Unfortunately, evolutionary biologists constantly resort to fictional stories cloaked in technical terminology to escape the straightforward conclusion that the genomes of different creatures were purposefully crafted. Because of their unwavering commitment to evolution, all ideas about these cleverly designed and network-integrated gene sequences being engineered by a Creator are not considered—at least not openly.
    http://www.icr.org/article/ano.....sfer-fairy

    An Enzyme’s Phylogeny Reveals a Striking Case of Convergent Evolution – Jonathan M. – February 11, 2013
    Excerpt: The authors attempt to account for the incongruity by positing that “the STC gene has been laterally transferred among phylogenetically diverged eukaryotes through an unknown mechanism.” They thus attribute the shared genes to horizontal gene transfer (with no offered mechanism), a proposition that has become a catch-all to explain away severe conflicts between evolutionary phylogenies.,,,
    “phylogenetic conflict is common, and frequently the norm rather than the exception”
    (Dávalos et al., 2012).
    Is it possible that the real reason for such striking and widespread phylogenetic discordance is that evolutionary biologists are looking at biology through the wrong lens? Could the reason that there is so much difficulty in correlating organisms to a tree be that no such tree exists?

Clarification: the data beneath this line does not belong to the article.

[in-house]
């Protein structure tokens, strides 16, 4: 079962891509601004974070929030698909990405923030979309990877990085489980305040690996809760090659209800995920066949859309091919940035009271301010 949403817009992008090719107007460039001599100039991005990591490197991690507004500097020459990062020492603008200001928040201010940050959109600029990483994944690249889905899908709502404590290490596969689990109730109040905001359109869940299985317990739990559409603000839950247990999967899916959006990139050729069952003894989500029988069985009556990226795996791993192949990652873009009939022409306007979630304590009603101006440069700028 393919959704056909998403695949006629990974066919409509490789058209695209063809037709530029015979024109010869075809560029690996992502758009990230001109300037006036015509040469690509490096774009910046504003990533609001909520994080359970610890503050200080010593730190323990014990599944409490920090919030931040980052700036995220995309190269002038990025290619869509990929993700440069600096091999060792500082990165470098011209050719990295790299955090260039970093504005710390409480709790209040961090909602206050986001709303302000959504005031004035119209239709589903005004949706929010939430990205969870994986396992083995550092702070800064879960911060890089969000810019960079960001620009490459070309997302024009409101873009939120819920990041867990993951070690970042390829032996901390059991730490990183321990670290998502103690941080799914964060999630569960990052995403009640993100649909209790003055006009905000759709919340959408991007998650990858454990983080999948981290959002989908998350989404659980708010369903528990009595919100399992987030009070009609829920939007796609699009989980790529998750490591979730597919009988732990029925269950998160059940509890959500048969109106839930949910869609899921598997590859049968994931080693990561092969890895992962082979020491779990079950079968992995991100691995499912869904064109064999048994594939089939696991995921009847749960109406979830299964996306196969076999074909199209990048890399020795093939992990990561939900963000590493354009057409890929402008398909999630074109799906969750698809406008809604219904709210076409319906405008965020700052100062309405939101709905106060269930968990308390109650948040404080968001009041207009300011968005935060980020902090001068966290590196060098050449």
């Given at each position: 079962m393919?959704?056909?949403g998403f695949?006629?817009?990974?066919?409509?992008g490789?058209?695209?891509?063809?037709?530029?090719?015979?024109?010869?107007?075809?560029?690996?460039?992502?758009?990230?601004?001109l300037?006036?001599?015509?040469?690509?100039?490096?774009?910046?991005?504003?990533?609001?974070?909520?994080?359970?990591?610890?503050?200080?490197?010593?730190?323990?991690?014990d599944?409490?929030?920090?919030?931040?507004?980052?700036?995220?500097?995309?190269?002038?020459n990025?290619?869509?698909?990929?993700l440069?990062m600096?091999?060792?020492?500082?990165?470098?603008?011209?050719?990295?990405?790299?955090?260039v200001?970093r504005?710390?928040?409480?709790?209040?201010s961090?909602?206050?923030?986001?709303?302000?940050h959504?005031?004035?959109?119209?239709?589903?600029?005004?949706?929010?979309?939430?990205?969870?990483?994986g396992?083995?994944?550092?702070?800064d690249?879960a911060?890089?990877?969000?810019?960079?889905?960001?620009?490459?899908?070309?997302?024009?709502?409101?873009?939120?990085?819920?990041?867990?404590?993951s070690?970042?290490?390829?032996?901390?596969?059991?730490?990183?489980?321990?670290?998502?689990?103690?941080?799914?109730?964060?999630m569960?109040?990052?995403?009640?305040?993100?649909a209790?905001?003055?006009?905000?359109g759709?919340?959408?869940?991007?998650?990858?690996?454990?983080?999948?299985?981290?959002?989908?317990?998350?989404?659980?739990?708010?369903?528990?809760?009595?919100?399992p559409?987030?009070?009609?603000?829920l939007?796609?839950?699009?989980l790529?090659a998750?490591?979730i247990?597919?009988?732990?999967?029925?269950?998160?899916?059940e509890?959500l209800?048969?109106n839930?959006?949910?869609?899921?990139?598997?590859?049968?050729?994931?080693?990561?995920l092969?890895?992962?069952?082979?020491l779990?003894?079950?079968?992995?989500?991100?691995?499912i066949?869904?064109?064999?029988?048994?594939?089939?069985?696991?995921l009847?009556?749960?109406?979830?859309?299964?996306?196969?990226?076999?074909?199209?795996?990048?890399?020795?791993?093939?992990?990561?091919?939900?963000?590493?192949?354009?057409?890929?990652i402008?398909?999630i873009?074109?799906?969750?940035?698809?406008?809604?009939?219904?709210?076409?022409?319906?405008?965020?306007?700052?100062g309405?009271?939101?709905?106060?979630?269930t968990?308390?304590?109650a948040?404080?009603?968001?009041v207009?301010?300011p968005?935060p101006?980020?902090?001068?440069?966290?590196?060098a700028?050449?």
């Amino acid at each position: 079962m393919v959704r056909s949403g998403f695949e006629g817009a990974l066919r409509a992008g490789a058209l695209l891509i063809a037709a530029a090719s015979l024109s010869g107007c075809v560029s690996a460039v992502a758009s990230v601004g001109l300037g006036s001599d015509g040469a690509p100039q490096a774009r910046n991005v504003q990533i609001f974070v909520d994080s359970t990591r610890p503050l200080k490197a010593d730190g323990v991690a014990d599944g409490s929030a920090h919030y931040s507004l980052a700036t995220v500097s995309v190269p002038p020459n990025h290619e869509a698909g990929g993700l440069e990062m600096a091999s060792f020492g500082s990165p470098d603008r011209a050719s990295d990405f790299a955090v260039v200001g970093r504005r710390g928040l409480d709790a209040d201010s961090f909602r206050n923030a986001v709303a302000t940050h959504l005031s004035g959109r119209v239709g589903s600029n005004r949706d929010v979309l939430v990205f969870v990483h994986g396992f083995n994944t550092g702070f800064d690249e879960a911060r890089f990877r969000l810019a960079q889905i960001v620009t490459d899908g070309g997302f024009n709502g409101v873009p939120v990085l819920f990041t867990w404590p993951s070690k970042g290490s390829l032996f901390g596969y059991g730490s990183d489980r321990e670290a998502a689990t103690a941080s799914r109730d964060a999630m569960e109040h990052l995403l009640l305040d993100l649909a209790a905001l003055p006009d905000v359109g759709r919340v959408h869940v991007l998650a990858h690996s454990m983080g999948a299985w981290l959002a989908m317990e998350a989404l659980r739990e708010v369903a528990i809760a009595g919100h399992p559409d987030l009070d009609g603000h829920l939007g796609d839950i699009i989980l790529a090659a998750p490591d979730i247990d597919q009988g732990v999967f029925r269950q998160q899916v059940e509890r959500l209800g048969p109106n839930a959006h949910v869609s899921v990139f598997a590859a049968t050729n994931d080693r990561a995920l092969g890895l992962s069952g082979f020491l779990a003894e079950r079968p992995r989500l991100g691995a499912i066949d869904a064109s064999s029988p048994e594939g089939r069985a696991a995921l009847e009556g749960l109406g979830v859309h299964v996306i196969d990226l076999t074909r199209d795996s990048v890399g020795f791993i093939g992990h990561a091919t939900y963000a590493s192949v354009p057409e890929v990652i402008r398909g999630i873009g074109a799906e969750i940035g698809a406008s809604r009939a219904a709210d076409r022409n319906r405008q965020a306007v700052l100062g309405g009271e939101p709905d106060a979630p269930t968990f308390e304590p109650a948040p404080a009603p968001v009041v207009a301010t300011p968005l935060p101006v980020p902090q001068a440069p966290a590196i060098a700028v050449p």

http://www.evolutionnews.org/2.....68911.html

    Horizontal gene transfer into humans? I am not convinced. – Jonathan Eisen, Professor at UC Davis. – March 12, 2015
    http://phylogenomics.blogspot......ans-i.html

    This following paper shows that, even among single celled organisms, HGT transfer, rather than offering better resolution of the data, actually skews any hope evolutionists had of constructing a ‘evolutionary tree’ at even this base level of life, (and actually points to a method of ‘designed’ communication with single celled organisms ‘talking’ to each other:)

    Biased gene transfer mimics patterns created through shared ancestry – 2010
    http://www.pnas.org/content/107/23/10679.abstract

    HGT is also found to be ‘non-random’

    Don’t Judge Too Quickly – Fazale Rana – September 2010